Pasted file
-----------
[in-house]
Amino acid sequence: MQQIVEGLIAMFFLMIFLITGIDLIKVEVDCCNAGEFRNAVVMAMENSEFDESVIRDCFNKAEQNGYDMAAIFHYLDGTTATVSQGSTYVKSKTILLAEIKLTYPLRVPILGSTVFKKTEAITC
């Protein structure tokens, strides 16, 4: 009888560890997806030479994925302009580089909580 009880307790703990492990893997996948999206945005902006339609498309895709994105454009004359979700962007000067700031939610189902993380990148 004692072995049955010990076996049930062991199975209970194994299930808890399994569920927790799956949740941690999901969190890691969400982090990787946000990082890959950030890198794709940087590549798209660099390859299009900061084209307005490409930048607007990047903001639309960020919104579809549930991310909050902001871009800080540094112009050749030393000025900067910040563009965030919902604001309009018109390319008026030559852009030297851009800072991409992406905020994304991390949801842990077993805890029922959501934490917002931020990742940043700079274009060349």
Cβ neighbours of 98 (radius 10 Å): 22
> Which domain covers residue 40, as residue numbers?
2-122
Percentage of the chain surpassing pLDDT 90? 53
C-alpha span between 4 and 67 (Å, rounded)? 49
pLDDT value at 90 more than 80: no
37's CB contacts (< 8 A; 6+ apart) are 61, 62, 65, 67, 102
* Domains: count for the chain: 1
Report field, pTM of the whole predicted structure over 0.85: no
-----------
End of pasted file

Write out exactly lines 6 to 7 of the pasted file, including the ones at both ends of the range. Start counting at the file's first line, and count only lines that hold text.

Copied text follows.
2-122
Percentage of the chain surpassing pLDDT 90? 53